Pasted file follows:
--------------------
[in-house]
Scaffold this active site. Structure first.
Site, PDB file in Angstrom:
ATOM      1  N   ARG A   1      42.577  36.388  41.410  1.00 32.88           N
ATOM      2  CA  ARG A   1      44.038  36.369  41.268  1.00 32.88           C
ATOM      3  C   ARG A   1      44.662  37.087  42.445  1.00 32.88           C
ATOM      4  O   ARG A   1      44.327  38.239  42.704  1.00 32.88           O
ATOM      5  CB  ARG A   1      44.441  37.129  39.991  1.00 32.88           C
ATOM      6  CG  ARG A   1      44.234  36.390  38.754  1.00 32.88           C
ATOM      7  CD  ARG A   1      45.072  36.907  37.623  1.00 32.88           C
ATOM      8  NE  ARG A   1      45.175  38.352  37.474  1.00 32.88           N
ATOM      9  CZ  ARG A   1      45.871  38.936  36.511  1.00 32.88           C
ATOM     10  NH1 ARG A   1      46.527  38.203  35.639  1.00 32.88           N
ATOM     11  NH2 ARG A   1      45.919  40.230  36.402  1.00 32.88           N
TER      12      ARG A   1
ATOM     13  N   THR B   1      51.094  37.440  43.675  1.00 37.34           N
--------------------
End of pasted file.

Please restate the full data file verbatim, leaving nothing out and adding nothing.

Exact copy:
[in-house]
Scaffold this active site. Structure first.
Site, PDB file in Angstrom:
ATOM      1  N   ARG A   1      42.577  36.388  41.410  1.00 32.88           N
ATOM      2  CA  ARG A   1      44.038  36.369  41.268  1.00 32.88           C
ATOM      3  C   ARG A   1      44.662  37.087  42.445  1.00 32.88           C
ATOM      4  O   ARG A   1      44.327  38.239  42.704  1.00 32.88           O
ATOM      5  CB  ARG A   1      44.441  37.129  39.991  1.00 32.88           C
ATOM      6  CG  ARG A   1      44.234  36.390  38.754  1.00 32.88           C
ATOM      7  CD  ARG A   1      45.072  36.907  37.623  1.00 32.88           C
ATOM      8  NE  ARG A   1      45.175  38.352  37.474  1.00 32.88           N
ATOM      9  CZ  ARG A   1      45.871  38.936  36.511  1.00 32.88           C
ATOM     10  NH1 ARG A   1      46.527  38.203  35.639  1.00 32.88           N
ATOM     11  NH2 ARG A   1      45.919  40.230  36.402  1.00 32.88           N
TER      12      ARG A   1
ATOM     13  N   THR B   1      51.094  37.440  43.675  1.00 37.34           N